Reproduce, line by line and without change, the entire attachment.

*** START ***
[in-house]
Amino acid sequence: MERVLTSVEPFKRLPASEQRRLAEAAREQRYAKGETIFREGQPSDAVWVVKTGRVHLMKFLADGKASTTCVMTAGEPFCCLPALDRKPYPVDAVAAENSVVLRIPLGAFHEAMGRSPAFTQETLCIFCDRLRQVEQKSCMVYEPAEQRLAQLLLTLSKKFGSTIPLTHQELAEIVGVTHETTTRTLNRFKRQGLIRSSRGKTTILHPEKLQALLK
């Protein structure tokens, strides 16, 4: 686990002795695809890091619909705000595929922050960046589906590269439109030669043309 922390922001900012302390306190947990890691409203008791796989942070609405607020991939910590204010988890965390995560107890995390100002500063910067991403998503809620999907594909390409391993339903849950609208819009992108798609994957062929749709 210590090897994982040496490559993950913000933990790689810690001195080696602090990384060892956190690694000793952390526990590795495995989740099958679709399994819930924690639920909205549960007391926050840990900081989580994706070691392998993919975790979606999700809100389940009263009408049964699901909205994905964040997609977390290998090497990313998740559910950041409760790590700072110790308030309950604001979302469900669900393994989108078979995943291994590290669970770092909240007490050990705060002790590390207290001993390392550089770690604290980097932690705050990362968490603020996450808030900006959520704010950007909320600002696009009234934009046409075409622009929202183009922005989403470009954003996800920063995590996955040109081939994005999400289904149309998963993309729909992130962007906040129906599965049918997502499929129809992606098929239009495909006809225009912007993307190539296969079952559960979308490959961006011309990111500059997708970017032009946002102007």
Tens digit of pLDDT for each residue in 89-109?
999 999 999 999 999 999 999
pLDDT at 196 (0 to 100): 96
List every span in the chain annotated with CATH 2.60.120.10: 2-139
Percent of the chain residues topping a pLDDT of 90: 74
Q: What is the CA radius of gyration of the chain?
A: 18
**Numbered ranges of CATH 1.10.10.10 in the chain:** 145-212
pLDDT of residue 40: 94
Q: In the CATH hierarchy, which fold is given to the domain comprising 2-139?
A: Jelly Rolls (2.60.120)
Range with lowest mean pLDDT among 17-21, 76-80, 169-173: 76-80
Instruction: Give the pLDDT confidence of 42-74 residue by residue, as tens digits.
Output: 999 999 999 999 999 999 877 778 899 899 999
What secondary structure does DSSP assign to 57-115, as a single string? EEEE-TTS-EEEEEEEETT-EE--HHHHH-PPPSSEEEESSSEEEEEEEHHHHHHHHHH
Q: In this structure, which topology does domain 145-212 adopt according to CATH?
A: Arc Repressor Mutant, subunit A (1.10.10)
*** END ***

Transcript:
[in-house]
Amino acid sequence: MERVLTSVEPFKRLPASEQRRLAEAAREQRYAKGETIFREGQPSDAVWVVKTGRVHLMKFLADGKASTTCVMTAGEPFCCLPALDRKPYPVDAVAAENSVVLRIPLGAFHEAMGRSPAFTQETLCIFCDRLRQVEQKSCMVYEPAEQRLAQLLLTLSKKFGSTIPLTHQELAEIVGVTHETTTRTLNRFKRQGLIRSSRGKTTILHPEKLQALLK
């Protein structure tokens, strides 16, 4: 686990002795695809890091619909705000595929922050960046589906590269439109030669043309 922390922001900012302390306190947990890691409203008791796989942070609405607020991939910590204010988890965390995560107890995390100002500063910067991403998503809620999907594909390409391993339903849950609208819009992108798609994957062929749709 210590090897994982040496490559993950913000933990790689810690001195080696602090990384060892956190690694000793952390526990590795495995989740099958679709399994819930924690639920909205549960007391926050840990900081989580994706070691392998993919975790979606999700809100389940009263009408049964699901909205994905964040997609977390290998090497990313998740559910950041409760790590700072110790308030309950604001979302469900669900393994989108078979995943291994590290669970770092909240007490050990705060002790590390207290001993390392550089770690604290980097932690705050990362968490603020996450808030900006959520704010950007909320600002696009009234934009046409075409622009929202183009922005989403470009954003996800920063995590996955040109081939994005999400289904149309998963993309729909992130962007906040129906599965049918997502499929129809992606098929239009495909006809225009912007993307190539296969079952559960979308490959961006011309990111500059997708970017032009946002102007």
Tens digit of pLDDT for each residue in 89-109?
999 999 999 999 999 999 999
pLDDT at 196 (0 to 100): 96
List every span in the chain annotated with CATH 2.60.120.10: 2-139
Percent of the chain residues topping a pLDDT of 90: 74
Q: What is the CA radius of gyration of the chain?
A: 18
**Numbered ranges of CATH 1.10.10.10 in the chain:** 145-212
pLDDT of residue 40: 94
Q: In the CATH hierarchy, which fold is given to the domain comprising 2-139?
A: Jelly Rolls (2.60.120)
Range with lowest mean pLDDT among 17-21, 76-80, 169-173: 76-80
Instruction: Give the pLDDT confidence of 42-74 residue by residue, as tens digits.
Output: 999 999 999 999 999 999 877 778 899 899 999
What secondary structure does DSSP assign to 57-115, as a single string? EEEE-TTS-EEEEEEEETT-EE--HHHHH-PPPSSEEEESSSEEEEEEEHHHHHHHHHH
Q: In this structure, which topology does domain 145-212 adopt according to CATH?
A: Arc Repressor Mutant, subunit A (1.10.10)